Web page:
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Cleveland County veterans exceed fundraising goals

posted Jun 2, 2016, 12:37 PM by   [ updated Jun 3, 2016, 5:39 AM by Greg Shull ]
The Veterans of Foreign Wars (VFW) Post #4066 presented its third annual check to Cleveland County Schools’ Exceptional Children programs on May 31st. This year, the check actually totaled over $34,000, raised by the VFW for students with autism in the community.

Students, teachers, veterans, and others gathered at Central Services for the presentation, where the VFW presented the check and handed out t-shirts to the students. In return, the students gave the veterans thank you notes made by their art classes.

The VFW hosted its third annual Bill Lynn Memorial Golf Tournament on May 6 to raise funds, bringing in over 130 golfers to play—a record high for the tournament.

 Along with the tournament, other methods of fundraising included a Poker Run, a silent auction, yard sales, and donations. 
"It took a lot of hard work and knocks on doors," said Gene Ramsey, commander of Post #4066. "But it was like magic."

When the first check was presented in 2014, it was for $6,600. Ramsey said the goal this year was to double the amount given in 2015, which was over $11,000.

Donations came from both inside and outside of Cleveland County. Corporate sponsors included Walmart, Allstate Insurance, and Carolina Pediatric Therapy, and this year's 75 new sponsors brought in a total of $16,000, helping the VFW to exceed their goal. 

“My [personal] goal is to help our veterans who have fought in wars, help our veterans who are in service, and help autistic children in the community,” Ramsey said. “It’s been a blessing.”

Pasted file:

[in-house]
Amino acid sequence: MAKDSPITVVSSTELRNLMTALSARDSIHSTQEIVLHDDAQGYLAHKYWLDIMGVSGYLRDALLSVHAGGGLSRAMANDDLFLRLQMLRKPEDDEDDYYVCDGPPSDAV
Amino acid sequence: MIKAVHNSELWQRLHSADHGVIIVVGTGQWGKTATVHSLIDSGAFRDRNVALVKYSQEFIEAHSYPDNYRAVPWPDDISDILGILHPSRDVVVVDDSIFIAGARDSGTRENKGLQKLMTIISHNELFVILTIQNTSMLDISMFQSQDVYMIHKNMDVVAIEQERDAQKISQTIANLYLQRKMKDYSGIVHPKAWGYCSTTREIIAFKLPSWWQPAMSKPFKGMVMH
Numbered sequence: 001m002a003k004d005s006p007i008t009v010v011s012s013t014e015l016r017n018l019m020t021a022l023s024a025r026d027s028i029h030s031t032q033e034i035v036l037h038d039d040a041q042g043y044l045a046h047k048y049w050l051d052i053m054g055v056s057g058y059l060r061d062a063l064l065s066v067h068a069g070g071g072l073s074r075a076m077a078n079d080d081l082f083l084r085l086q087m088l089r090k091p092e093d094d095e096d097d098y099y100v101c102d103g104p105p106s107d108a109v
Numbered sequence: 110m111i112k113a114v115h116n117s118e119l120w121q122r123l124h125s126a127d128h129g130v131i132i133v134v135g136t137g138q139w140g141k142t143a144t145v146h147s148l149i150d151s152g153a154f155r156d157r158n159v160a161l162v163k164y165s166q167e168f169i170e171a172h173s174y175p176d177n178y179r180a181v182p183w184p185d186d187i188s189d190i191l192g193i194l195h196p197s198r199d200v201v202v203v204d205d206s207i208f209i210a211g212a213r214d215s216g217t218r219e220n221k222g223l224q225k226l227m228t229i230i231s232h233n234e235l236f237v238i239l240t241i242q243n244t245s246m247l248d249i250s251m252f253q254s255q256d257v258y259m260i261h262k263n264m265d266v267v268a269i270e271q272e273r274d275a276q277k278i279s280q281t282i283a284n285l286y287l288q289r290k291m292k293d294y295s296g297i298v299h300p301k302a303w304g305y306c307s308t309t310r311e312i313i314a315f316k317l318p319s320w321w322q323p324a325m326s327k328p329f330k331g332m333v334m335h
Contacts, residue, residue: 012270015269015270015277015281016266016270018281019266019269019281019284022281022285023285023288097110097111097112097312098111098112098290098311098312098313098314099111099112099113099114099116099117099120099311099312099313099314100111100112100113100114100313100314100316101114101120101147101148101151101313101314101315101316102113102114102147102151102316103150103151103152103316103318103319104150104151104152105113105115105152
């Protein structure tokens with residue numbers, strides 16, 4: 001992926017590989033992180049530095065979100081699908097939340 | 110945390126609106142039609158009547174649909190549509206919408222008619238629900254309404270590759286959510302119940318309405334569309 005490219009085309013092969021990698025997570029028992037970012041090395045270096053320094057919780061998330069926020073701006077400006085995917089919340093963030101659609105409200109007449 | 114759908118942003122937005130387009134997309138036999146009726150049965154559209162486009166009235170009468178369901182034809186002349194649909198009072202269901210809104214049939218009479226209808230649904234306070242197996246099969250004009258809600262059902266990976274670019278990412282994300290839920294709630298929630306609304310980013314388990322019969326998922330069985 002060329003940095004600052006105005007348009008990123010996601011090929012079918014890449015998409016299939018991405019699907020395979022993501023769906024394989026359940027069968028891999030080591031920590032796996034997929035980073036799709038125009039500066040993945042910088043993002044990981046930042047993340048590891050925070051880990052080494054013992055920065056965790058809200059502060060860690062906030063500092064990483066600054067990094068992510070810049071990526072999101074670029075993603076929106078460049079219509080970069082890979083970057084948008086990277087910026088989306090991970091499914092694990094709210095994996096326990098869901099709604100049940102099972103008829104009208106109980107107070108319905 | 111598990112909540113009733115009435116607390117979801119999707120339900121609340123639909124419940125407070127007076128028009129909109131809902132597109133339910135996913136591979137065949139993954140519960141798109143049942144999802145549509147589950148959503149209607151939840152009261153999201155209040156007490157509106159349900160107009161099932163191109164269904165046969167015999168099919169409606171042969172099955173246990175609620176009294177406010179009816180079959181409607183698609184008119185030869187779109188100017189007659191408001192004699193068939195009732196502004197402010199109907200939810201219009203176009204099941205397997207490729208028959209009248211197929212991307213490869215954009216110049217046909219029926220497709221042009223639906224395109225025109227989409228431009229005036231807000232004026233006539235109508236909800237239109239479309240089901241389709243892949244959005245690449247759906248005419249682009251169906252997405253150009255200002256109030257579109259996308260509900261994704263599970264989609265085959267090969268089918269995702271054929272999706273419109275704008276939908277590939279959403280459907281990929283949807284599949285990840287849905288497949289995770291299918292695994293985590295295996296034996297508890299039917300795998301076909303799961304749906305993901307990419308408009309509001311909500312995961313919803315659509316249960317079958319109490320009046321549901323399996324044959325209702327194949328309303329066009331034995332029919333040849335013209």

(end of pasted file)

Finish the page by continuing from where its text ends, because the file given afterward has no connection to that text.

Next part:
He said the choice to help with autistic students stemmed from the VFW's National Home for Children, which aids children and grandchildren of veterans. 

"We got to thinking, 'Why not send this money locally?'" he said. "Now it has just snowballed."

Dr. Nellie Aspel, director of exceptional children in Cleveland County, said the money will go directly to better the lives of autistic children in the community.

“I love that Cleveland County is such a giving community and that every penny will go to our kids,” Dr. Aspel said. 

She said the funds would help support students with autism through scholarships for summer camp and expand the EC program with more materials, technology, field trips, and more.  Further professional development for staff will be available, and plans are in the works to sponsor a family event next year, along with plans to add a class to Marion Elementary.

“It’s very awe-inspiring to see a group of men who served our country to continue to serve our community in such a special way,” said Dr. Aspel. “The impact they are making on the lives of such special students is priceless.”

See below for downloadable event photos.